Today's Google Doodle honors Maria Mitchell, a pioneer in both astronomy and women's rights.
In October 1847, Maria Mitchell perched on the roof of the Pacific National Bank in Nantucket, Mass., where her father worked as a cashier. There, through a telescope, she saw a comet that would go on to join a roster of celestial objects and earthly buildings named for her and her work.
Ms. Mitchell, the first female American astronomer, was born 195 years ago today, and her major contributions both to astronomy and to women’s rights are remembered in a Google Doodle. Today’s doodle follows one last month honoring Rosalind Franklin, the British biophysicist who contributed enormously to the discovery of DNA, and joins a number of Google Doodles celebrating pioneering women in science.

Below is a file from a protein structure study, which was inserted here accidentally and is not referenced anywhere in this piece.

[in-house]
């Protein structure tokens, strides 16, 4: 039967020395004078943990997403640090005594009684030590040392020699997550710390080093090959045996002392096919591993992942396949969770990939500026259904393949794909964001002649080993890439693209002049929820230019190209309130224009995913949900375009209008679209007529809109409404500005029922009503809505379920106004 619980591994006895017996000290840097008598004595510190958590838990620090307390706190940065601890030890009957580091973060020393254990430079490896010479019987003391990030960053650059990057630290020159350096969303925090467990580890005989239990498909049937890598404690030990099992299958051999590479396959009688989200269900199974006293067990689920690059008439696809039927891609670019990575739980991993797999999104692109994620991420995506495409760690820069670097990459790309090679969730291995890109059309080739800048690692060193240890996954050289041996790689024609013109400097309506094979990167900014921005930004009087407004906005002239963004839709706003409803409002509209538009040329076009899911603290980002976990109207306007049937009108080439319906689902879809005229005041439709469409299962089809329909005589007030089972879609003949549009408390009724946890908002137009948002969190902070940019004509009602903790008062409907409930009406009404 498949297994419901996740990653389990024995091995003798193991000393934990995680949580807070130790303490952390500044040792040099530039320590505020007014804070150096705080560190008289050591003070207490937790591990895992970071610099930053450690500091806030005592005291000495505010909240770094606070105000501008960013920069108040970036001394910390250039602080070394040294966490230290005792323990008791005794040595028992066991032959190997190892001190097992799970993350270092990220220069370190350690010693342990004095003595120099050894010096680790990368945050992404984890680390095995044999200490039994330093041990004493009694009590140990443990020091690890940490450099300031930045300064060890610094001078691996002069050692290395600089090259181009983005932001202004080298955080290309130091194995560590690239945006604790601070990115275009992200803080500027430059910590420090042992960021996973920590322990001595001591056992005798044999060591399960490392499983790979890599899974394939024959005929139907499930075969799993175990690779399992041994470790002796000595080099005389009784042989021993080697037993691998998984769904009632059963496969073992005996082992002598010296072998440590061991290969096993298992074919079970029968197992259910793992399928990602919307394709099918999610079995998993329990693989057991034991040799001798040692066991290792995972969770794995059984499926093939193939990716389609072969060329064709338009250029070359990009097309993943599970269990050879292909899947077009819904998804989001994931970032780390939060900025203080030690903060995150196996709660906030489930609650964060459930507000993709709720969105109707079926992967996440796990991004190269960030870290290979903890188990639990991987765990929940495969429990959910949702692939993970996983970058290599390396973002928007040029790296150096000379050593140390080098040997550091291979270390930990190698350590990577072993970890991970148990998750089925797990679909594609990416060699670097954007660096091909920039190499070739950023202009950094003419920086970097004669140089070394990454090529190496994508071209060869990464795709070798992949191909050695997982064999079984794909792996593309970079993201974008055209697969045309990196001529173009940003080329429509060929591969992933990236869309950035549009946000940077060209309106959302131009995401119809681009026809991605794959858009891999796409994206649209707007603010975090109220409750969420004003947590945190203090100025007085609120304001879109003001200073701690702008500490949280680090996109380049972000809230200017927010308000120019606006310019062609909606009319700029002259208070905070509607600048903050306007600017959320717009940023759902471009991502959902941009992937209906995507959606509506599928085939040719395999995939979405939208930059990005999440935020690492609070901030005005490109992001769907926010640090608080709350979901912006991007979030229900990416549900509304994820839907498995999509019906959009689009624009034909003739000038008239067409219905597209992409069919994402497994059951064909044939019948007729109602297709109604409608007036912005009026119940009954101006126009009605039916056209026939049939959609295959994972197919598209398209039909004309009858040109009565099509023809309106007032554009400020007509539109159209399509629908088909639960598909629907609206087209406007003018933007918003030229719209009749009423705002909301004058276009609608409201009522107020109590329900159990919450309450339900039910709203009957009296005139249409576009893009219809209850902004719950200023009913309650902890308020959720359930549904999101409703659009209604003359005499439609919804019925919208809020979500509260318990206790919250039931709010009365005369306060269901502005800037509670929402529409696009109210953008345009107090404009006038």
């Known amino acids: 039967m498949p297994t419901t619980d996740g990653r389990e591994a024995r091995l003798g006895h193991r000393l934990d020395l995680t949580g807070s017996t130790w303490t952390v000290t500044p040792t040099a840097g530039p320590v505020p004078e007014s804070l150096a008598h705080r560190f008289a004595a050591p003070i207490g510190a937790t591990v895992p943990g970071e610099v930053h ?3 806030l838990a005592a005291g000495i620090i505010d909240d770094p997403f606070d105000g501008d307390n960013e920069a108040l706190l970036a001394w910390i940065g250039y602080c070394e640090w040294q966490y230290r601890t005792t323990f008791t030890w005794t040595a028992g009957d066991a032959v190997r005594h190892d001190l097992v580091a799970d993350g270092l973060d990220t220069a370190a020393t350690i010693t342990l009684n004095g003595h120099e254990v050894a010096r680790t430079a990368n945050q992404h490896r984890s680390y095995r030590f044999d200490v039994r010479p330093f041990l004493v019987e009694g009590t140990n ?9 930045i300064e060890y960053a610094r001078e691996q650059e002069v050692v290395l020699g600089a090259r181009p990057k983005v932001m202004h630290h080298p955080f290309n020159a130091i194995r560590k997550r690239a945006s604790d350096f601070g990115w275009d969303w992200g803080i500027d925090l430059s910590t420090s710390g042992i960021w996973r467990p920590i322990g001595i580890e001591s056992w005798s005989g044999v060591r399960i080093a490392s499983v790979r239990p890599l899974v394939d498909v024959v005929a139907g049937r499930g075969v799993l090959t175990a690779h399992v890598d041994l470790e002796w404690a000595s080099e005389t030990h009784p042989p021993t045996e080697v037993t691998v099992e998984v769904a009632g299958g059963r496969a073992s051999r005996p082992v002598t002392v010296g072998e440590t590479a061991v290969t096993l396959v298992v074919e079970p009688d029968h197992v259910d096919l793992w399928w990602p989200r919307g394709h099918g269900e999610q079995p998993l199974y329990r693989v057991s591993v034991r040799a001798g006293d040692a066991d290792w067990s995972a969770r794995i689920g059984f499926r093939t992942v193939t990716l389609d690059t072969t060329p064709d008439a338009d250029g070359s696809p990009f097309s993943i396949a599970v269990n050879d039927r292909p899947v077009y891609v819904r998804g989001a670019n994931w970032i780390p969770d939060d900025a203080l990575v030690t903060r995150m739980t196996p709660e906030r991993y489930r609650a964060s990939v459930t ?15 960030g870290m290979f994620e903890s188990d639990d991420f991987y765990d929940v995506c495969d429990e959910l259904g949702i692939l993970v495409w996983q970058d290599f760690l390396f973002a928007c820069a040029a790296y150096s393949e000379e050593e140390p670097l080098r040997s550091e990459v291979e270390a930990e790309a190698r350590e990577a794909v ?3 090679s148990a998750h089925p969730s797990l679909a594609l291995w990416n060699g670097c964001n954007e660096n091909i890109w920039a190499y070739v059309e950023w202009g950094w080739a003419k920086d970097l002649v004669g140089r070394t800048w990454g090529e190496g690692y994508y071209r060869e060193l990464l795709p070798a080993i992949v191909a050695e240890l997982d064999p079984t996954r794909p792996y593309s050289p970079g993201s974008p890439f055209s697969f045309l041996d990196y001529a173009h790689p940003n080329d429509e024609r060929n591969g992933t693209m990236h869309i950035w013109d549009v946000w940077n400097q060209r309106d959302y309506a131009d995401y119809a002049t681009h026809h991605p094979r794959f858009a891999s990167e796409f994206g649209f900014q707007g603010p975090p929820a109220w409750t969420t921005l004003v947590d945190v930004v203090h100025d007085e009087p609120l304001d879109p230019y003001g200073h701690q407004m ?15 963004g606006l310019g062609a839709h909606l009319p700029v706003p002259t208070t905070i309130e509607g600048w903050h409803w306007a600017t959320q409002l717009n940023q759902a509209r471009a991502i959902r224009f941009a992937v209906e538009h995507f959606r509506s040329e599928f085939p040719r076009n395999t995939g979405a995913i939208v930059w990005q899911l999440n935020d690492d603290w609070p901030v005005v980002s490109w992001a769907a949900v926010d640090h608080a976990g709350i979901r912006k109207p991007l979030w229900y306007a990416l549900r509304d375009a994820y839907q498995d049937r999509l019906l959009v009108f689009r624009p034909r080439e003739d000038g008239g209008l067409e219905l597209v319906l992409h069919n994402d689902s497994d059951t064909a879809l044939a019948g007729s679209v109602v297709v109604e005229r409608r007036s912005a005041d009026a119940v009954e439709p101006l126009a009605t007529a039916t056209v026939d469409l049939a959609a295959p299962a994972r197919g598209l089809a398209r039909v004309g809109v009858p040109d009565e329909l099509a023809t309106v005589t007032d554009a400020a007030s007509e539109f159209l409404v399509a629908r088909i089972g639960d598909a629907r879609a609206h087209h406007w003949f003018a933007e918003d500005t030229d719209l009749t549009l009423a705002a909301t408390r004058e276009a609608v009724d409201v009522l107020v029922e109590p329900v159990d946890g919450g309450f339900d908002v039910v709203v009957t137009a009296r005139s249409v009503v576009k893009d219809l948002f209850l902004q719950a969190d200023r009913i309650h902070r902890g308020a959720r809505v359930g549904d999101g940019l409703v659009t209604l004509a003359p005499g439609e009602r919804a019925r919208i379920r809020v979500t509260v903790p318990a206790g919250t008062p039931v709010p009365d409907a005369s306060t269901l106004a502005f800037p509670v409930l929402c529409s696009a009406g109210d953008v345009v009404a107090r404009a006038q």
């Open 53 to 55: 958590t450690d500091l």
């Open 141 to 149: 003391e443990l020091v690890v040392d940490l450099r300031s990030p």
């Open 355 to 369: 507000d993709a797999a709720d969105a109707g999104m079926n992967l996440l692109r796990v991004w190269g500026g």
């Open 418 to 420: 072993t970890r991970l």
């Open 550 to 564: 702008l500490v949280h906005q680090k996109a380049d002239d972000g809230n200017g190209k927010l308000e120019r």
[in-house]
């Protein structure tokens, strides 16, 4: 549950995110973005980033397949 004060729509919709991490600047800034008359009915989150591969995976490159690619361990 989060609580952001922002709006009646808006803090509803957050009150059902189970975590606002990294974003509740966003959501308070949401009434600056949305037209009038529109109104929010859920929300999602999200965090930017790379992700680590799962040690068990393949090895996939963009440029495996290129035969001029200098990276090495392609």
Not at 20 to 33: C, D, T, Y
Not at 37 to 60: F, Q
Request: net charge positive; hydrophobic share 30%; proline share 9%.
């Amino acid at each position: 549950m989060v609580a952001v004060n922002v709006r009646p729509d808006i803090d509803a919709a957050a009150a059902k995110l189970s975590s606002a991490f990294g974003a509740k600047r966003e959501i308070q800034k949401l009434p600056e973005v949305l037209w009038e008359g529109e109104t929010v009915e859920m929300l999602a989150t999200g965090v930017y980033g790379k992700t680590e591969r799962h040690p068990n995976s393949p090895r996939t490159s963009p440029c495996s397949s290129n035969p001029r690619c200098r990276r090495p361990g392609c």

Mitchell’s Nantucket world was a seaside one, where time and direction were measured in the stars. As she grew up, she too looked to them – looked up, and found a comet, and then another one.
That first comet, named "Miss Mitchell's Comet,” won her fame – and gold prizes from King Frederick VI of Denmark. In the years following, she became the first female member of the American Academy of Arts and Sciences and the American Association for the Advancement of Sciences. She then went on, in 1865, to become a professor of astronomy at Vassar College, as well as the director of the Vassar College Observatory.